John Mehegan

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John Mehegan
Born(1916-06-06)June 6, 1916
Hartford, Connecticut, U.S.
DiedApril 3, 1984(1984-04-03) (aged 67)
New Canaan, Connecticut
Occupation(s)Musician, lecturer, critic

John Francis Mehegan (June 6, 1916 – April 3, 1984) was an American jazz pianist, lecturer and critic.

Early life[edit]

Mehegan was born in Hartford, Connecticut, on June 6, 1916, although he sometimes gave the year as 1920.[1] He began playing the violin in 1926 and played for seven years without enjoying it.[1] He initially taught himself to play the piano by matching his fingers to the notes played on a player piano.[1] He went on to study at the Hartt School of Music in Hartford.[1] He had gigs in the Massachusetts area, and then moved to New York in 1941.[2]

Later life and career[edit]

In New York, Mehegan played in clubs.[1] He recorded four quartet tracks as a leader for Savoy Records in 1945.[1][2] In the same year, he became teaching assistant to pianist Teddy Wilson in the jazz department at the Metropolitan Music School,[3] and became the head of its jazz department in 1946; a position he held for around a decade.[1] He also taught at the Juilliard School of Music (1947–64), Columbia University Teachers College (1958 to 1961 or 1962), the University of Bridgeport (1968–77) and Yale University (1974–83).[1]

He wrote the incidental music for A Streetcar Named Desire which he performed on Broadway for two years.[3] Mehegan was questioned by the House Un-American Activities Committee, where he was an uncooperative witness.[4] He was the jazz critic for the New York Herald Tribune from 1957 to 1960.[3] "A summer concert, lecture, and research tour of South Africa in 1959 was cut short because he encouraged black musicians, but while there he recorded with the group which was about to become the Jazz Epistles".[1] His final recordings, as a trio, were made in 1960.[2]

He wrote numerous books on jazz, including the Jazz Improvisation series, which sets out the basic principles of jazz,[5] and was published between 1959 and 1965.[1]

The American composer Leonard Bernstein dedicated a piano composition to Mehegan in his 1948 collection Four Anniversaries.[6] Mehegan died in New Canaan, Connecticut, on April 3, 1984.[1]


  • 1952 From Barrelhouse to Bop (Perspective) - with Charles Mingus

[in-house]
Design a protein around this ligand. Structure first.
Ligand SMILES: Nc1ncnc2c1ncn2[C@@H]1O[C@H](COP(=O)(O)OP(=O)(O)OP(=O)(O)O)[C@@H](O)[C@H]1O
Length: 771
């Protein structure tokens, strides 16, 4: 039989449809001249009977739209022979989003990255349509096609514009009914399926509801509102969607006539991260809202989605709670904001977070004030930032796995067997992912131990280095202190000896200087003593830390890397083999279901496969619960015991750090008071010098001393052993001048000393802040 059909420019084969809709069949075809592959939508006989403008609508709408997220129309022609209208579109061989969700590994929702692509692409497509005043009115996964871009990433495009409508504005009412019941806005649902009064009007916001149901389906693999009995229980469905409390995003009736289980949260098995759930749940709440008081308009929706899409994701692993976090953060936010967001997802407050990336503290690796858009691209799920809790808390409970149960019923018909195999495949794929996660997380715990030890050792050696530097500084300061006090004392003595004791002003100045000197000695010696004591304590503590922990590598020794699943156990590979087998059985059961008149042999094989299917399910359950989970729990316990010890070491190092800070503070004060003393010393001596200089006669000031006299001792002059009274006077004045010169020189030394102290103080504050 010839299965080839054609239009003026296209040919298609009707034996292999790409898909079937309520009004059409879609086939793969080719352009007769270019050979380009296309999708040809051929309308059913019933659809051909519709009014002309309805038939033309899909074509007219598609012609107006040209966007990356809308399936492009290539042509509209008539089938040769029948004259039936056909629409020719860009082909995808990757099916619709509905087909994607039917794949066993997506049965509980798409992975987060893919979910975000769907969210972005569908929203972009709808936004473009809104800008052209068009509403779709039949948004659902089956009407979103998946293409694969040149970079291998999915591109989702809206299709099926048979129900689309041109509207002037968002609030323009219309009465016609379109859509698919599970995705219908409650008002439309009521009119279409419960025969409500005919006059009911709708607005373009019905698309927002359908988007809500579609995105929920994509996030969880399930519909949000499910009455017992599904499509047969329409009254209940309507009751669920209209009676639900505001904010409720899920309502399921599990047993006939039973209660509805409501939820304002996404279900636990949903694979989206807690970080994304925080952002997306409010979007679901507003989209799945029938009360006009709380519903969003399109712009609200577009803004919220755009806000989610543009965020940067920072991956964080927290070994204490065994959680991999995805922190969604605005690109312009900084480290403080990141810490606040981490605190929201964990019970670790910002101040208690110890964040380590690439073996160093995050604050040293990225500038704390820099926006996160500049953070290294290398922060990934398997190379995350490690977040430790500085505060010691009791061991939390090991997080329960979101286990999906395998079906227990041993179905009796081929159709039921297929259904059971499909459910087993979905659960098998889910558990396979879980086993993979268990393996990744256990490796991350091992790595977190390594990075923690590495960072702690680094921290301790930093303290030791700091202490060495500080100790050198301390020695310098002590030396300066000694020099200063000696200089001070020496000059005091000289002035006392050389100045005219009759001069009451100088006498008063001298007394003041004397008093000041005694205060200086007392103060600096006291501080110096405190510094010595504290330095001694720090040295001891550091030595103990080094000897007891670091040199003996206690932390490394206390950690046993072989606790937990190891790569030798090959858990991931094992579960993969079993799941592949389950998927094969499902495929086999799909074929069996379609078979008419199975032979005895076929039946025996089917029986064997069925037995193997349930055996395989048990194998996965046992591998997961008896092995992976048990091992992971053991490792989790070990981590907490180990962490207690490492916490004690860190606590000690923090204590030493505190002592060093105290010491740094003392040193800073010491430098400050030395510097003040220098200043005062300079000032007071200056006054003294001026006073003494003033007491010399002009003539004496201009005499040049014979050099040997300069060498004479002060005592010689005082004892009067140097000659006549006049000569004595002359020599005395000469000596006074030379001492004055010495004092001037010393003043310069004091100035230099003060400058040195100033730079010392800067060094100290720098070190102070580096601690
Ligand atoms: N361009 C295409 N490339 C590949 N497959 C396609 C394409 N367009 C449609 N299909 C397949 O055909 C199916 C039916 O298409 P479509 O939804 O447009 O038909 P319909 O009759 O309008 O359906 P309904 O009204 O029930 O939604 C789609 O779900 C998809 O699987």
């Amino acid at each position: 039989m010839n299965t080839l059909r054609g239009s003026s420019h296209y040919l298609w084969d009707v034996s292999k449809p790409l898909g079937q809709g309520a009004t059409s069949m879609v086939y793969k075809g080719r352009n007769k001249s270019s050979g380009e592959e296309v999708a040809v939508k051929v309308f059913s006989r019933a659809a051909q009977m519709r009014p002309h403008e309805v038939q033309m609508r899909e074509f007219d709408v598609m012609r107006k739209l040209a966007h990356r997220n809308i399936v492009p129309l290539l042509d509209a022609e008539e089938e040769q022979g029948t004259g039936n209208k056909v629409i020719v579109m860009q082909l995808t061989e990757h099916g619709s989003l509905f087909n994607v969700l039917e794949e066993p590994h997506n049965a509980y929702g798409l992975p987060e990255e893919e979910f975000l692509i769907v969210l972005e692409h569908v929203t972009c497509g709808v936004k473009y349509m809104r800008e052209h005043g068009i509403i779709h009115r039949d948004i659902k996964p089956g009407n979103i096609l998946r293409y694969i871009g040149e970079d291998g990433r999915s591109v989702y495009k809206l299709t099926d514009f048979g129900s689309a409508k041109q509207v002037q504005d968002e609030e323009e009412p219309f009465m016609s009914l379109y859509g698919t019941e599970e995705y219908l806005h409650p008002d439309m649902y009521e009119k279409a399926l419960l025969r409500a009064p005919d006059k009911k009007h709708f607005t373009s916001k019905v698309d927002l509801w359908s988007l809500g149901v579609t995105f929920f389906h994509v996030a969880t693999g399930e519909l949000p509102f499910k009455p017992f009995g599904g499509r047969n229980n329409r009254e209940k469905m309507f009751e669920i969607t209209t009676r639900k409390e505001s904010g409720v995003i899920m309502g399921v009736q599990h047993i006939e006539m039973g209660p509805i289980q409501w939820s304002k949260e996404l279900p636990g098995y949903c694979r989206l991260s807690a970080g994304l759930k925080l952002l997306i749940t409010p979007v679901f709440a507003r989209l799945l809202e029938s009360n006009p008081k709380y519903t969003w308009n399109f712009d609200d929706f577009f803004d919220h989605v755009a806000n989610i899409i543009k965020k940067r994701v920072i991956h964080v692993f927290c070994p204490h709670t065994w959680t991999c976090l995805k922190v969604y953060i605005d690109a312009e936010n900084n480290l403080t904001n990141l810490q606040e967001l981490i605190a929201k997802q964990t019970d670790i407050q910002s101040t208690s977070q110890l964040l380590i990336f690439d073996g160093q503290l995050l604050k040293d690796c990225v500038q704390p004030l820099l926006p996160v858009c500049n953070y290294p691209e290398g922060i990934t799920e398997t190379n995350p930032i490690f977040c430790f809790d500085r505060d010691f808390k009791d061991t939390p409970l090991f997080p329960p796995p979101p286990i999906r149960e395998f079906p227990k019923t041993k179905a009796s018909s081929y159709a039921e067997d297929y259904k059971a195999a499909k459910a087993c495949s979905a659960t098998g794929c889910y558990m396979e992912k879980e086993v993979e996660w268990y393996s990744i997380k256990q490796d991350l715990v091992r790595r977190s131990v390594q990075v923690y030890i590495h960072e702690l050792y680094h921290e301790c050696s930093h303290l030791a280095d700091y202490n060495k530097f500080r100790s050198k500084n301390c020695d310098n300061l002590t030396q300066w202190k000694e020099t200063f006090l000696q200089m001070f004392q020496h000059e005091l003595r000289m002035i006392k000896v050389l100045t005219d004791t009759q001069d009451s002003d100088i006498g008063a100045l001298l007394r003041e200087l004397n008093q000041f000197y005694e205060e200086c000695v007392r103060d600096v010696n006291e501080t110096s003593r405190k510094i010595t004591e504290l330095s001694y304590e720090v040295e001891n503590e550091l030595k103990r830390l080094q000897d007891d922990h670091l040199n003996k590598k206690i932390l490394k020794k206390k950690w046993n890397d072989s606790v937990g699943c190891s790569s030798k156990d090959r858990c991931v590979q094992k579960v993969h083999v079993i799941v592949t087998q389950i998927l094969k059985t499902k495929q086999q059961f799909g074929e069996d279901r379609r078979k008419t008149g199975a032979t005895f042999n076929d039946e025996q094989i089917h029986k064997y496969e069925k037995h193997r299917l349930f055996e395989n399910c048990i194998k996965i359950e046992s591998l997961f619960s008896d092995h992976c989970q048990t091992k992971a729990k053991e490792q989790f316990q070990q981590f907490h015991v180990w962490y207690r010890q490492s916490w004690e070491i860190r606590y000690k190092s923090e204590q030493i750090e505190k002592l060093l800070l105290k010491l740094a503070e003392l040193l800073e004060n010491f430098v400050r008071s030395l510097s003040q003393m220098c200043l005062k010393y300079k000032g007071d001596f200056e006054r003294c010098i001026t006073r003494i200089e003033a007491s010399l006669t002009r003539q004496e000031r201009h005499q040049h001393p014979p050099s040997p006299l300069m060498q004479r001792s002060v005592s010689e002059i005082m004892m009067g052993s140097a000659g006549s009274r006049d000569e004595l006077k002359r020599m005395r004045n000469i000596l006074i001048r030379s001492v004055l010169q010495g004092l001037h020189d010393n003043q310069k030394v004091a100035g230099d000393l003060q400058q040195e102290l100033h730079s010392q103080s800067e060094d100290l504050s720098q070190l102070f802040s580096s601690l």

• 1954 The First Mehegan (Savoy)
  • 1955 The John Mehegan Trio/Quartet (Savoy) - with Charles Mingus & Kenny Clarke
  • 1955 A Pair of Pianos (Savoy)- with Eddie Costa & Vinnie Burke
  • 1956 How I Play Jazz Piano (Savoy)
  • 1959 Casual Affair

With Chuck Wayne

Techniques, studies & etudes for piano[edit]

  • Contemporary Styles for the Jazz Pianist, in 3 books (1964–70)
  • Famous Jazz Style Piano Folio - with instruction on how to play jazz piano (1958)
  • Jazz Improvisation (1959-65)
      • Vol. 1: Tonal and rhythmic principles (1959)
      • Vol. 2: Jazz rhythm and the improvised line (1962)
      • Vol. 3: Swing and early progressive piano styles (1964)
      • Vol. 4: Contemporary piano styles (1965)
  • The Jazz Pianist, in 3 books: Studies in the art and practice of jazz improvisation (1960–61)
  • Styles for the Jazz Pianist, in 3 books (1962–63)
  • Studies in Jazz Harmony (1962)

Original compositions for piano[edit]

  • Jazz Bourree (1960)
  • Jazz Preludes (1962)
  • Vienna Woodshed, a jazz waltz for piano 4-hands (1965)
  • Jazz Caper, jazz originals for piano 4-hands (1965)


  1. ^ a b c d e f g h i j k Kernfeld, Barry (2003), Mehegan, John (Francis), Grove Music Online. Oxford Music Online. Oxford University Press, retrieved December 19, 2018
  2. ^ a b c Yanow, Scott. "John Mehegan". AllMusic. Retrieved December 19, 2018.
  3. ^ a b c Wilson, John S. (April 5, 1984) "John Mehegan, Jazz Pianist; Wrote 4-Volume Textbook" New York Times p D30
  4. ^ Porter, Russell (April 10, 1957) "Inquiry Charges Red Link in Music" New York Times, p 18L
  5. ^ Dunscomb, Richard J. & Hill Jr., Willie L. (2002) Jazz Pedagogy Alfred Music Publishing, p336
  6. ^ Allmusic